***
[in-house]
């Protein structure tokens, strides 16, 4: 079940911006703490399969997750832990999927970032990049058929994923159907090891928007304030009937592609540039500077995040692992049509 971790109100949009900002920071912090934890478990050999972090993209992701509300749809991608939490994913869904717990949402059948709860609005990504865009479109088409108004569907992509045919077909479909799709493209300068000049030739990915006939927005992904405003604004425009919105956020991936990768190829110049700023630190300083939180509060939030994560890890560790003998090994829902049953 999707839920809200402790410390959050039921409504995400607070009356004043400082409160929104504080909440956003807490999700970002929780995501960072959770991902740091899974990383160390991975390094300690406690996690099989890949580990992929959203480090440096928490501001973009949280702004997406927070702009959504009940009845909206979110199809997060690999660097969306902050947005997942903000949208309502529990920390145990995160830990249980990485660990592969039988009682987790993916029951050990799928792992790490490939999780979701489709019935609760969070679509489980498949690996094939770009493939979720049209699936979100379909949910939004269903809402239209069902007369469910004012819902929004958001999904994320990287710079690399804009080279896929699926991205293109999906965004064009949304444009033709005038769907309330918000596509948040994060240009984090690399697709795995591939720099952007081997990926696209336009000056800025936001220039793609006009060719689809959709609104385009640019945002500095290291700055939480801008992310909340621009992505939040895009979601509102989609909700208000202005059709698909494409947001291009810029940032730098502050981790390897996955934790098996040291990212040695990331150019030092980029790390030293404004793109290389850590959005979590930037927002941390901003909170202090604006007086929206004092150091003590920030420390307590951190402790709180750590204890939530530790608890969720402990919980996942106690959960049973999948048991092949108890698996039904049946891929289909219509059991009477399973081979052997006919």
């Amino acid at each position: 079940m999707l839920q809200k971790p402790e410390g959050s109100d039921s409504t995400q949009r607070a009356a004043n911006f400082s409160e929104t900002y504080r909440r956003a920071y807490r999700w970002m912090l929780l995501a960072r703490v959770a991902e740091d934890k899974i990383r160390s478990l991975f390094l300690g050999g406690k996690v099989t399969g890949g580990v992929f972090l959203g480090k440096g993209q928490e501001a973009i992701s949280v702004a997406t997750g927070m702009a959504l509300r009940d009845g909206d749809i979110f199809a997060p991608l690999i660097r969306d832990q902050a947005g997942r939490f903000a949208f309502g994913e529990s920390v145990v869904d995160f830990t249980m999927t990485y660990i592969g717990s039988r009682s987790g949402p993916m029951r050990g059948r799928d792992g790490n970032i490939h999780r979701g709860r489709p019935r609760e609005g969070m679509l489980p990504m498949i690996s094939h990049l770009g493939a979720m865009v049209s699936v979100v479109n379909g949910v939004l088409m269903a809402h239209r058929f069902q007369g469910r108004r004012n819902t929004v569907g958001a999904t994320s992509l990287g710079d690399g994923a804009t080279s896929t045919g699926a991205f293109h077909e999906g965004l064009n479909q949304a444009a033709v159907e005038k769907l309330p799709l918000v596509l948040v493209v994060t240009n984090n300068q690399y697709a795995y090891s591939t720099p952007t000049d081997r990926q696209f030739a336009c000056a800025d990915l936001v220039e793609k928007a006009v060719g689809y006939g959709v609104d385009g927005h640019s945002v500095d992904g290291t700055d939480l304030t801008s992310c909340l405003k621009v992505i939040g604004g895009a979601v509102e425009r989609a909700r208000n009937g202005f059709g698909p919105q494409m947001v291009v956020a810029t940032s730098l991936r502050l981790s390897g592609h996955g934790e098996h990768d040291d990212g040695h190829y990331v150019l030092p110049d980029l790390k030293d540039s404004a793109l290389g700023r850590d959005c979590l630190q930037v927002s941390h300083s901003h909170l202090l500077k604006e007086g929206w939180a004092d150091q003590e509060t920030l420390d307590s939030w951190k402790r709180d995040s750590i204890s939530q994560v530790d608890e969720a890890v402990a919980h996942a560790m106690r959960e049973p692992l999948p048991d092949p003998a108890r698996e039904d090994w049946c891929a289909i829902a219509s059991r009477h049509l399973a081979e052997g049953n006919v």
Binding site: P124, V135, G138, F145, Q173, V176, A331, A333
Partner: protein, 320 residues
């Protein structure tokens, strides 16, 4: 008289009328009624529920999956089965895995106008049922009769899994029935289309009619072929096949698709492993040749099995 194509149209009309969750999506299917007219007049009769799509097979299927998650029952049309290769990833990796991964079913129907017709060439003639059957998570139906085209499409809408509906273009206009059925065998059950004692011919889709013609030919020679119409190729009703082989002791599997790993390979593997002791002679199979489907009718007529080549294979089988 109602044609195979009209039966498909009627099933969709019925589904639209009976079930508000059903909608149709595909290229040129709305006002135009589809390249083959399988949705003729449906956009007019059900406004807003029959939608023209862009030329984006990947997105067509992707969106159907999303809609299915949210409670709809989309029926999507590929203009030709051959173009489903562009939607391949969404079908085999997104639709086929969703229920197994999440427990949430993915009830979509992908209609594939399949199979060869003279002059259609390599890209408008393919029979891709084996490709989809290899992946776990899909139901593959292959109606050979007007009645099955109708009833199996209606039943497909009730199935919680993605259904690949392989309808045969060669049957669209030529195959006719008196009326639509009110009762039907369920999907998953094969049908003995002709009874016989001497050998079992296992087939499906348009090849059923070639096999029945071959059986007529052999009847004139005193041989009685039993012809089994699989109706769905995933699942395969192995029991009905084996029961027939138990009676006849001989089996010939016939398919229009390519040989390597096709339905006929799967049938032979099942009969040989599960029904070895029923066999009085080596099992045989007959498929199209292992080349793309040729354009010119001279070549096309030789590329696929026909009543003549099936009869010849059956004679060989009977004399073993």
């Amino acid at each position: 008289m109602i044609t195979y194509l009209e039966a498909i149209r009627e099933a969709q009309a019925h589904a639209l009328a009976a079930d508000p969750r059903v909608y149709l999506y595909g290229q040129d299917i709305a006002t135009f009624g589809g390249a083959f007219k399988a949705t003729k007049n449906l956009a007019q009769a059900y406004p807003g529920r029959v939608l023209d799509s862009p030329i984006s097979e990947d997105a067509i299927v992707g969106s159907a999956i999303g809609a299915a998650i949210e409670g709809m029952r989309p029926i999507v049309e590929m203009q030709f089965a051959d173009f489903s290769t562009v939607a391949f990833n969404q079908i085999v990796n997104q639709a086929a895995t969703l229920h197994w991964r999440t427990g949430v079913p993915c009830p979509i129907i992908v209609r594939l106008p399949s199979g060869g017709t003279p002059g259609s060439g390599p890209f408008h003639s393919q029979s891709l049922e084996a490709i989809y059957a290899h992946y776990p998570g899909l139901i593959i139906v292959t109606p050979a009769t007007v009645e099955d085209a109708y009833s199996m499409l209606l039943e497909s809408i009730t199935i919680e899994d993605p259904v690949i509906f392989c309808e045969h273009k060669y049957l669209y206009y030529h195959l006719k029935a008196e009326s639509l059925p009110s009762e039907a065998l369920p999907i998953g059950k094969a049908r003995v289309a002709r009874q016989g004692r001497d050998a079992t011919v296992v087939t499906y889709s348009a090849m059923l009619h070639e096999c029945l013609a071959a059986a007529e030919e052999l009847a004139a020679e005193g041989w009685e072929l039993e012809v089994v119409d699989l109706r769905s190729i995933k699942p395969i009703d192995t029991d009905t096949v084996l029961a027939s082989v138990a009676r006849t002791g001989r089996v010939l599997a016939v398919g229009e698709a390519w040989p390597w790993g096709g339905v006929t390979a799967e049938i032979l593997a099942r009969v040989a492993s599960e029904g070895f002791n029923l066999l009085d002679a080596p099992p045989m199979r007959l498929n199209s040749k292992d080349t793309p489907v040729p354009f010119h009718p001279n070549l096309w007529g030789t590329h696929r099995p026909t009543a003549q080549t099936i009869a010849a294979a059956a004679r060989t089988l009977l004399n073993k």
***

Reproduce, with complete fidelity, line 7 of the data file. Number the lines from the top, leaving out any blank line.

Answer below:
């Amino acid at each position: 008289m109602i044609t195979y194509l009209e039966a498909i149209r009627e099933a969709q009309a019925h589904a639209l009328a009976a079930d508000p969750r059903v909608y149709l999506y595909g290229q040129d299917i709305a006002t135009f009624g589809g390249a083959f007219k399988a949705t003729k007049n449906l956009a007019q009769a059900y406004p807003g529920r029959v939608l023209d799509s862009p030329i984006s097979e990947d997105a067509i299927v992707g969106s159907a999956i999303g809609a299915a998650i949210e409670g709809m029952r989309p029926i999507v049309e590929m203009q030709f089965a051959d173009f489903s290769t562009v939607a391949f990833n969404q079908i085999v990796n997104q639709a086929a895995t969703l229920h197994w991964r999440t427990g949430v079913p993915c009830p979509i129907i992908v209609r594939l106008p399949s199979g060869g017709t003279p002059g259609s060439g390599p890209f408008h003639s393919q029979s891709l049922e084996a490709i989809y059957a290899h992946y776990p998570g899909l139901i593959i139906v292959t109606p050979a009769t007007v009645e099955d085209a109708y009833s199996m499409l209606l039943e497909s809408i009730t199935i919680e899994d993605p259904v690949i509906f392989c309808e045969h273009k060669y049957l669209y206009y030529h195959l006719k029935a008196e009326s639509l059925p009110s009762e039907a065998l369920p999907i998953g059950k094969a049908r003995v289309a002709r009874q016989g004692r001497d050998a079992t011919v296992v087939t499906y889709s348009a090849m059923l009619h070639e096999c029945l013609a071959a059986a007529e030919e052999l009847a004139a020679e005193g041989w009685e072929l039993e012809v089994v119409d699989l109706r769905s190729i995933k699942p395969i009703d192995t029991d009905t096949v084996l029961a027939s082989v138990a009676r006849t002791g001989r089996v010939l599997a016939v398919g229009e698709a390519w040989p390597w790993g096709g339905v006929t390979a799967e049938i032979l593997a099942r009969v040989a492993s599960e029904g070895f002791n029923l066999l009085d002679a080596p099992p045989m199979r007959l498929n199209s040749k292992d080349t793309p489907v040729p354009f010119h009718p001279n070549l096309w007529g030789t590329h696929r099995p026909t009543a003549q080549t099936i009869a010849a294979a059956a004679r060989t089988l009977l004399n073993k």